I think the worst of conspiracy we have today is complacency. We are seeing that we are becoming victims of our success stories. Young people don't protect themselves anymore and the danger is that people feel that it is over. We can end it, but it's not over. We still have 17 million people who don't have access to treatment. We still have all the key populations—people who inject drugs, sex workers, men having sex with men, younger adolescent girls who are vulnerable, and the migrant population, and prisoners—all those group who are still affected by this epidemic in a very serious manner and we need to continue to be able to reach them. And to reach them, we need to change our policies and we need to change our service delivery approach, we need to make sure that the laws are not repressive.
This is a huge challenge. I mean, you're talking about not just changing laws but changing culture and attitudes-
How do you go about that?
I think one of the major challenge in HIV/AIDS [is] we are talking about sex. When you talk about sex, you talk about cultural setting, you're talking about individual, and you talk about more emotional approaches. We cannot afford to not foster … a link between the scientific evidence and social change. And to do that, community leaders are critical. To do that, women leaders are critical. To do that, young people are critical. To do that, church[es] are critical. To do that, you need to have politicians. And today we don't have 1 HIV epidemic, we have a multiple epidemics. So, I personally feel that each epidemic needs a specific approach. And we need to internalize that and to understand and to really develop strategies, which will help us to address them.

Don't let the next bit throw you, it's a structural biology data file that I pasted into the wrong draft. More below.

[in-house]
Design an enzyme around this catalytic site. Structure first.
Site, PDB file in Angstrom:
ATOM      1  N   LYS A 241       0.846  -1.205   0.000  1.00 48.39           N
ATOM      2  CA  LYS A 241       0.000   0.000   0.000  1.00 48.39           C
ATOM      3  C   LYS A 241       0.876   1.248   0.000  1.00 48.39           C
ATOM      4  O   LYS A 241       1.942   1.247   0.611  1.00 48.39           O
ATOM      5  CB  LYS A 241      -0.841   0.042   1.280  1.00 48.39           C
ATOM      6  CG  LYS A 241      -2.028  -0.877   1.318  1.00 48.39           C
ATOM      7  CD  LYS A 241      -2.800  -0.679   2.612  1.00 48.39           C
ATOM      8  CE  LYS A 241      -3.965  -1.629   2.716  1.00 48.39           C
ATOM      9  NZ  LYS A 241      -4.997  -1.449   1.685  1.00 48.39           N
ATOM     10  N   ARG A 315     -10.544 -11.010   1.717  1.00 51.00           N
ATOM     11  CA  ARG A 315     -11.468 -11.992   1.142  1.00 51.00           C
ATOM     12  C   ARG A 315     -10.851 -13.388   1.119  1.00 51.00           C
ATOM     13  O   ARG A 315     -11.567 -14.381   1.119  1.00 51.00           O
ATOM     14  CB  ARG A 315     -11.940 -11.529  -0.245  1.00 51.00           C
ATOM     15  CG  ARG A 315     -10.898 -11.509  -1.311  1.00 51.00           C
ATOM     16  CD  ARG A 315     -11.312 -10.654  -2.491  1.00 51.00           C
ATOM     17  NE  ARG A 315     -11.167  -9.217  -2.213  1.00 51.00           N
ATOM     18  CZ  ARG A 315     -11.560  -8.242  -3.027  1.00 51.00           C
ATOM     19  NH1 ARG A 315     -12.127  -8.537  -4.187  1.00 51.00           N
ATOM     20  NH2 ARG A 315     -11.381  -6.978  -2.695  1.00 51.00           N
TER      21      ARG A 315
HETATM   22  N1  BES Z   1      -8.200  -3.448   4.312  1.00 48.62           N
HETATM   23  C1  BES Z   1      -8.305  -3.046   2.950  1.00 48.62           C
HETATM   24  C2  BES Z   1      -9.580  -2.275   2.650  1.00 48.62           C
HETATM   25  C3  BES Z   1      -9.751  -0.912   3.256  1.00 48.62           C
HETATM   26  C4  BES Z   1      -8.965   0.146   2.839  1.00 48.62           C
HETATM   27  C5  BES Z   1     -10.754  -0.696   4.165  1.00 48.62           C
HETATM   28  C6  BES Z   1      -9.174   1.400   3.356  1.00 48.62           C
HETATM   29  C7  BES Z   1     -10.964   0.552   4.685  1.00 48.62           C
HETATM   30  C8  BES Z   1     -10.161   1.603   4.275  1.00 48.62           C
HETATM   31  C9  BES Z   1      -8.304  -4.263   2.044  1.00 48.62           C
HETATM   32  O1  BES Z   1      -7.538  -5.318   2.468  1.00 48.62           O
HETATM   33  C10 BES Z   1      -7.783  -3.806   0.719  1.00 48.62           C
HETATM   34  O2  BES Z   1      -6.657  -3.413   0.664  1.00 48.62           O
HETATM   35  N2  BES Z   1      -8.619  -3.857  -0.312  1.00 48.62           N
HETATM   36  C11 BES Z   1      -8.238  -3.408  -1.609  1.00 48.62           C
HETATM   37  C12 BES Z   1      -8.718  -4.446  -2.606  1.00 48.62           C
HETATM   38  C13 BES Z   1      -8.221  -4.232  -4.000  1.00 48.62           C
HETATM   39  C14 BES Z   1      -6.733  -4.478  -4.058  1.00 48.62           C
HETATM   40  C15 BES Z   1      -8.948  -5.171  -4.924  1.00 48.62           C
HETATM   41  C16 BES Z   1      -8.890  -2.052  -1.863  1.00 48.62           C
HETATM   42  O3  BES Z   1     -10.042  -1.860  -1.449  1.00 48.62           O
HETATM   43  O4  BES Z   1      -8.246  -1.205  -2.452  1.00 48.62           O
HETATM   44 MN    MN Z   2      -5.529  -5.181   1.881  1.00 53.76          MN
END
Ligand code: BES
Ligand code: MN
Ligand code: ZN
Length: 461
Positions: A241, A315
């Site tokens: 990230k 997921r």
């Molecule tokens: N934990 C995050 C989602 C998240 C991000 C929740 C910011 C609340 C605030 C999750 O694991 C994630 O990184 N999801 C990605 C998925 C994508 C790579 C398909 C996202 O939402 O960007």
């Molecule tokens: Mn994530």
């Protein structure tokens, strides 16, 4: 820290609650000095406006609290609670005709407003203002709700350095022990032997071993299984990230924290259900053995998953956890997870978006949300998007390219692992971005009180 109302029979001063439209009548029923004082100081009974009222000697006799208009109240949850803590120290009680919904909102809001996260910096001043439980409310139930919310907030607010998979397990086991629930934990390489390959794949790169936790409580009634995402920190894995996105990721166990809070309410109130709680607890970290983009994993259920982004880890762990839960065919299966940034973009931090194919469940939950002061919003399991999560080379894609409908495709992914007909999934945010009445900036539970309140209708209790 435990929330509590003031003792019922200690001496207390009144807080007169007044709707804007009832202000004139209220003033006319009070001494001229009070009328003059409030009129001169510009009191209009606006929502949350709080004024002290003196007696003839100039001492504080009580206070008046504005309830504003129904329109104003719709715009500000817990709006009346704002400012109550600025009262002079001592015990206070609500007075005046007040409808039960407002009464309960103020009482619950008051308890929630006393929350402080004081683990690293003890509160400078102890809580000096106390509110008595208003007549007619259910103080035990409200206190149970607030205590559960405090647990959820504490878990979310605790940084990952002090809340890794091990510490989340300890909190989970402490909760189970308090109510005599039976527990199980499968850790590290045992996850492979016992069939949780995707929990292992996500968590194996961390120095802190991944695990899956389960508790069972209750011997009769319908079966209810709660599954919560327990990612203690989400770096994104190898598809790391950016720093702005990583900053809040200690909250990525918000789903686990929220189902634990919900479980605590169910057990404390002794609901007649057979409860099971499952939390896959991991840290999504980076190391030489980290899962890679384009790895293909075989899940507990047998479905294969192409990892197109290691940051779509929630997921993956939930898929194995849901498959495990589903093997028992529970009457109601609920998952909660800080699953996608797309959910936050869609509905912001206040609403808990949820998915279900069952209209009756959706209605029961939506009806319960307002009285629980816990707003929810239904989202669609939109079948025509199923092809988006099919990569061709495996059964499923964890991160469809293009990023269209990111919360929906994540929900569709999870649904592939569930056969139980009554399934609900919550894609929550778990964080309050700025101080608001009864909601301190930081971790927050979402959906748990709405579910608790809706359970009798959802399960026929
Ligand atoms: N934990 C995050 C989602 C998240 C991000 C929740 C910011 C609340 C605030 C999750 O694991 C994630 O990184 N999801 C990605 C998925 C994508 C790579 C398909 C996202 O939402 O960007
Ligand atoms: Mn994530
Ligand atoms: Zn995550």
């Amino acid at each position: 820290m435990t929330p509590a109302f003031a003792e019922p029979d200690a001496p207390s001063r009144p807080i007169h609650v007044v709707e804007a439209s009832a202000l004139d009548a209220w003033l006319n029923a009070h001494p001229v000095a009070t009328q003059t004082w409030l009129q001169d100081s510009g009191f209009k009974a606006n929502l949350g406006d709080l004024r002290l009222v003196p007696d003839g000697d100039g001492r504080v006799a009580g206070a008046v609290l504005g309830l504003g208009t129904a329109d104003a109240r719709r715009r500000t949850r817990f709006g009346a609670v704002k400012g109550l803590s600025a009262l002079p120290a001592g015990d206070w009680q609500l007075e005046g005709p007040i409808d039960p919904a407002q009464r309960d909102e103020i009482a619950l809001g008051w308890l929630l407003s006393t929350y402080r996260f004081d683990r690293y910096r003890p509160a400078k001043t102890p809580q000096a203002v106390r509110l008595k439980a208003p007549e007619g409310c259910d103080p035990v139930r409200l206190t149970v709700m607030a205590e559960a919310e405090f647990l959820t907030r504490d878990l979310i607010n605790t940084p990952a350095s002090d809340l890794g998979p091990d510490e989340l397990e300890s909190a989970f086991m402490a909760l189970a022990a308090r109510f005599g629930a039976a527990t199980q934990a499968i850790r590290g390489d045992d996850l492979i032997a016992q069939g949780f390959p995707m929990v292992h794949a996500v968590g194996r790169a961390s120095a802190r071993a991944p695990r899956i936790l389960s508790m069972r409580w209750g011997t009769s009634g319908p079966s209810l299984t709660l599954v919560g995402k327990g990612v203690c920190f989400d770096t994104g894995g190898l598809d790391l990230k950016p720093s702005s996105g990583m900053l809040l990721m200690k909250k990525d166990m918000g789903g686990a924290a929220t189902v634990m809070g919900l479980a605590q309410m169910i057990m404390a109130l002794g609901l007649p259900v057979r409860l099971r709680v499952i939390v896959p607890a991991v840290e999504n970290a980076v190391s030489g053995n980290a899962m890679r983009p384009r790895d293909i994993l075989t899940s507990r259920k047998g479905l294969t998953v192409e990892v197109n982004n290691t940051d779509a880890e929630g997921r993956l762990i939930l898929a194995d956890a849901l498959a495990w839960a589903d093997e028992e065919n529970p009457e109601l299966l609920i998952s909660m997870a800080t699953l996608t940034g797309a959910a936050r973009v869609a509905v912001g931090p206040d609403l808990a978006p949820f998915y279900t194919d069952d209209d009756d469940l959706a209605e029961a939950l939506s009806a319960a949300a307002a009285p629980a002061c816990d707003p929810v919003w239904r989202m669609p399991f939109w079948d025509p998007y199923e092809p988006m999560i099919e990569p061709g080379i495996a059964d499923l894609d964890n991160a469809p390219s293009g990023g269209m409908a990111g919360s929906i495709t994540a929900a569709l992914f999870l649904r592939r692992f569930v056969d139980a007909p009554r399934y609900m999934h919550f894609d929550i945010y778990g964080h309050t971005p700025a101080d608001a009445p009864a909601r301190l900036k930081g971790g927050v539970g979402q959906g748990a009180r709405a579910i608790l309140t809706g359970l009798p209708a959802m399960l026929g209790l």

Do you see a growing intolerance for marginalized people that you've talked about?
I think I am seeing grave conservatism—people who are not understanding why we are really spending a lot of money, and energy, and time to really reach people who inject the drugs. But I think we are working with them, we are seeing transformation happening. We are seeing, in China it was zero tolerance for drug users a few years back. Today, they have the biggest harm reduction programs, with methadone and other distribution, in Asia. I think it's important to bring evidence. Scientific evidence to discuss with politicians. Make them understand what we are losing by losing population—a segment of society, which are completely decimated because they have to hide themselves.
So, the Trump Administration had proposed very drastic cuts in HIV. What's your strategy for ... How do you respond to that?